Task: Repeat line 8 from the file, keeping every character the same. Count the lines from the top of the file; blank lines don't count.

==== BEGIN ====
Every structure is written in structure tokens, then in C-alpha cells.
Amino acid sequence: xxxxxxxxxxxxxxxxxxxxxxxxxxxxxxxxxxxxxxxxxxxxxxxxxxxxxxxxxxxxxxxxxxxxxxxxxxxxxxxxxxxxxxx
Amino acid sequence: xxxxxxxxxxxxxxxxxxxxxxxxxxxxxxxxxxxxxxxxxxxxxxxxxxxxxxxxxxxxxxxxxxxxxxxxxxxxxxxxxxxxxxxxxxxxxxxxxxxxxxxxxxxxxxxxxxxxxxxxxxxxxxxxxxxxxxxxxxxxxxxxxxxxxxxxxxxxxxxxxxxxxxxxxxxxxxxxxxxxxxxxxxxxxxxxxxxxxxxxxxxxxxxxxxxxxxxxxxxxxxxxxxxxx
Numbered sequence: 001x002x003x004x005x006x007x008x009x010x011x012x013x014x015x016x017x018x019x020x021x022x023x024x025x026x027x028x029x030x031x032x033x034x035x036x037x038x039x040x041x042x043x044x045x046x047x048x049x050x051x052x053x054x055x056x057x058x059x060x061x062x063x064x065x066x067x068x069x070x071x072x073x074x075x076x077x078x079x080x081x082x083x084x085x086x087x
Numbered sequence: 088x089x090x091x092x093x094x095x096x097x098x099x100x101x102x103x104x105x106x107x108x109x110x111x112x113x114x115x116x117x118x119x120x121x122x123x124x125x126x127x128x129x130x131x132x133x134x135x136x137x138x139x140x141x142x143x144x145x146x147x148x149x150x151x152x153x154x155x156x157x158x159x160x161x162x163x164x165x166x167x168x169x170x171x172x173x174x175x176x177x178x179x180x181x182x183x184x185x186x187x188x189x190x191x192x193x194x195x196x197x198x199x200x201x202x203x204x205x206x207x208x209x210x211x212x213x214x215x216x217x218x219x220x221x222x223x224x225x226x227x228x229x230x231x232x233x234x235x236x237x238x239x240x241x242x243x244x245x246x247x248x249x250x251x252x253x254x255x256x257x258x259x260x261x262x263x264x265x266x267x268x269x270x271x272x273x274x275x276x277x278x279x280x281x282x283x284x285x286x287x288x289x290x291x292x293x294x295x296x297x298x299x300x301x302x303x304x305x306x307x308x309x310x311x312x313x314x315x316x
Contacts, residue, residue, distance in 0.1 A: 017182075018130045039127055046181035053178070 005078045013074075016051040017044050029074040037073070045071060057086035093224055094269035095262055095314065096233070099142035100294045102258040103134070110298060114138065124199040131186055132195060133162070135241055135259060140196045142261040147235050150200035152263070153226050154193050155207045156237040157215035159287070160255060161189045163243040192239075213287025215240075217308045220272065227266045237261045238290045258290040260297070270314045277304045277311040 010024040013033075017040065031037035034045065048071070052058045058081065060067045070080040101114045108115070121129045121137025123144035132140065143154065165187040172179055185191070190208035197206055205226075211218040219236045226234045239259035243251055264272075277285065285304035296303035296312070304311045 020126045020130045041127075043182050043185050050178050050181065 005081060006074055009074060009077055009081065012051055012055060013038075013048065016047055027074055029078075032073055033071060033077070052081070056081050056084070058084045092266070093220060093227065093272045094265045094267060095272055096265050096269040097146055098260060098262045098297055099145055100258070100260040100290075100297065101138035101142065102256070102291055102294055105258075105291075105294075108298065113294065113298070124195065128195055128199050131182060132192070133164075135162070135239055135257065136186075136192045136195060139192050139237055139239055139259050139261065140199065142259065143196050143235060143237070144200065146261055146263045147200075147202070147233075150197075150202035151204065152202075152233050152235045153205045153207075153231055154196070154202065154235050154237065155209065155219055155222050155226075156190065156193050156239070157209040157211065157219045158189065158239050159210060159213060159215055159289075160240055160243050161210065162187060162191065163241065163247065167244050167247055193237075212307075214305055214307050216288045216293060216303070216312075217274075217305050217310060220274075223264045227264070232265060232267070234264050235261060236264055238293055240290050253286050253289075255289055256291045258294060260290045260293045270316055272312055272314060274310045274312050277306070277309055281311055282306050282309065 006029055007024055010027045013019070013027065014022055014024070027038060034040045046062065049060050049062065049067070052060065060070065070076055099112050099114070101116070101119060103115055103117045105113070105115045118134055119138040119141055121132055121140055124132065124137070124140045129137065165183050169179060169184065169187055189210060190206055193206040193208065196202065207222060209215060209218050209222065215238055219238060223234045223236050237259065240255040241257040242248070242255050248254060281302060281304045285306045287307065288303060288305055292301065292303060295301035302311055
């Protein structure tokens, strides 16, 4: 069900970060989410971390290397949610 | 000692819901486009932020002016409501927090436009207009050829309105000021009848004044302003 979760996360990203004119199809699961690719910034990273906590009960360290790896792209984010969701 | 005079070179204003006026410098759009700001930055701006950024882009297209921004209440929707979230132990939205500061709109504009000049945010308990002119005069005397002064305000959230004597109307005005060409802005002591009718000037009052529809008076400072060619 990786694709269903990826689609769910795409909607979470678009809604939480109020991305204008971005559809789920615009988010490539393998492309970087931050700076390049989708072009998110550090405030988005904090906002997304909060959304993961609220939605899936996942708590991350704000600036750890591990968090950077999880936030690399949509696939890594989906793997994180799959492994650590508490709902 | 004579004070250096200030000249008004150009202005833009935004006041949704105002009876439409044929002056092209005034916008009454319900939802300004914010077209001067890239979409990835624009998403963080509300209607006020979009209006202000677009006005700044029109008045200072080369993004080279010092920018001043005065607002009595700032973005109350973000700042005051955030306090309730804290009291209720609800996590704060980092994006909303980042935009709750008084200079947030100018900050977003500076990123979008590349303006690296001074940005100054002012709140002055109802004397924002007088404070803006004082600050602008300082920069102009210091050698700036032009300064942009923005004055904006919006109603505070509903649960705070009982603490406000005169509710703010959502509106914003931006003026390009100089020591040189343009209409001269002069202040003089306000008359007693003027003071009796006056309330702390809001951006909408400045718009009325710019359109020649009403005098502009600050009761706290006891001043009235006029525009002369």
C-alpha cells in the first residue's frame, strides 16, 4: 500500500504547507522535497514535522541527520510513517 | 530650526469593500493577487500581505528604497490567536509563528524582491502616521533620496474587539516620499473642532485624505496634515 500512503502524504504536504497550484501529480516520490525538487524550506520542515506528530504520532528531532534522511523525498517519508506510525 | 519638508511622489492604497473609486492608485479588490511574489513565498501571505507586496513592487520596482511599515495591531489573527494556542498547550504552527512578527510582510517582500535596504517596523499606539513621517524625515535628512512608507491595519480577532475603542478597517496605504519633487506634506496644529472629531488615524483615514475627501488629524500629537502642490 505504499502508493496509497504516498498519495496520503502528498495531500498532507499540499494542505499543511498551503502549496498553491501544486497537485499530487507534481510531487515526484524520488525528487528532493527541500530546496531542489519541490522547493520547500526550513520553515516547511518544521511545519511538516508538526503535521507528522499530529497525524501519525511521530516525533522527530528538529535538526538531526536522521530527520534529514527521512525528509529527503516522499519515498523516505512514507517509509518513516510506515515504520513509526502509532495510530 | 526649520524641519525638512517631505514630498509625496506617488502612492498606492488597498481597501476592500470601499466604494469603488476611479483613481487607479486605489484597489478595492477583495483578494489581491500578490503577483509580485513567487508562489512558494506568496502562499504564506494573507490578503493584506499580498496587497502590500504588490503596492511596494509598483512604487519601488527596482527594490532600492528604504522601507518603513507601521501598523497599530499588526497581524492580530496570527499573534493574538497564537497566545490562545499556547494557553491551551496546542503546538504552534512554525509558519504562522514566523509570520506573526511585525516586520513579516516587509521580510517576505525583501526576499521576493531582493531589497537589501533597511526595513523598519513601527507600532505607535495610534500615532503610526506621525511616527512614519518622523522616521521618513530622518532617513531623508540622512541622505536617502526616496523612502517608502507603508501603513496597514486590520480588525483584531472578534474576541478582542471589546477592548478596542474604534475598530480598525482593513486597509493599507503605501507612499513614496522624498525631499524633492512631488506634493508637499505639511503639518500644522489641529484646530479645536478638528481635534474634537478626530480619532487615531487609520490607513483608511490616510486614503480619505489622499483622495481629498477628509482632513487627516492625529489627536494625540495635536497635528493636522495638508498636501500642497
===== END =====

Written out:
C-alpha cells in the first residue's frame, strides 16, 4: 500500500504547507522535497514535522541527520510513517 | 530650526469593500493577487500581505528604497490567536509563528524582491502616521533620496474587539516620499473642532485624505496634515 500512503502524504504536504497550484501529480516520490525538487524550506520542515506528530504520532528531532534522511523525498517519508506510525 | 519638508511622489492604497473609486492608485479588490511574489513565498501571505507586496513592487520596482511599515495591531489573527494556542498547550504552527512578527510582510517582500535596504517596523499606539513621517524625515535628512512608507491595519480577532475603542478597517496605504519633487506634506496644529472629531488615524483615514475627501488629524500629537502642490 505504499502508493496509497504516498498519495496520503502528498495531500498532507499540499494542505499543511498551503502549496498553491501544486497537485499530487507534481510531487515526484524520488525528487528532493527541500530546496531542489519541490522547493520547500526550513520553515516547511518544521511545519511538516508538526503535521507528522499530529497525524501519525511521530516525533522527530528538529535538526538531526536522521530527520534529514527521512525528509529527503516522499519515498523516505512514507517509509518513516510506515515504520513509526502509532495510530 | 526649520524641519525638512517631505514630498509625496506617488502612492498606492488597498481597501476592500470601499466604494469603488476611479483613481487607479486605489484597489478595492477583495483578494489581491500578490503577483509580485513567487508562489512558494506568496502562499504564506494573507490578503493584506499580498496587497502590500504588490503596492511596494509598483512604487519601488527596482527594490532600492528604504522601507518603513507601521501598523497599530499588526497581524492580530496570527499573534493574538497564537497566545490562545499556547494557553491551551496546542503546538504552534512554525509558519504562522514566523509570520506573526511585525516586520513579516516587509521580510517576505525583501526576499521576493531582493531589497537589501533597511526595513523598519513601527507600532505607535495610534500615532503610526506621525511616527512614519518622523522616521521618513530622518532617513531623508540622512541622505536617502526616496523612502517608502507603508501603513496597514486590520480588525483584531472578534474576541478582542471589546477592548478596542474604534475598530480598525482593513486597509493599507503605501507612499513614496522624498525631499524633492512631488506634493508637499505639511503639518500644522489641529484646530479645536478638528481635534474634537478626530480619532487615531487609520490607513483608511490616510486614503480619505489622499483622495481629498477628509482632513487627516492625529489627536494625540495635536497635528493636522495638508498636501500642497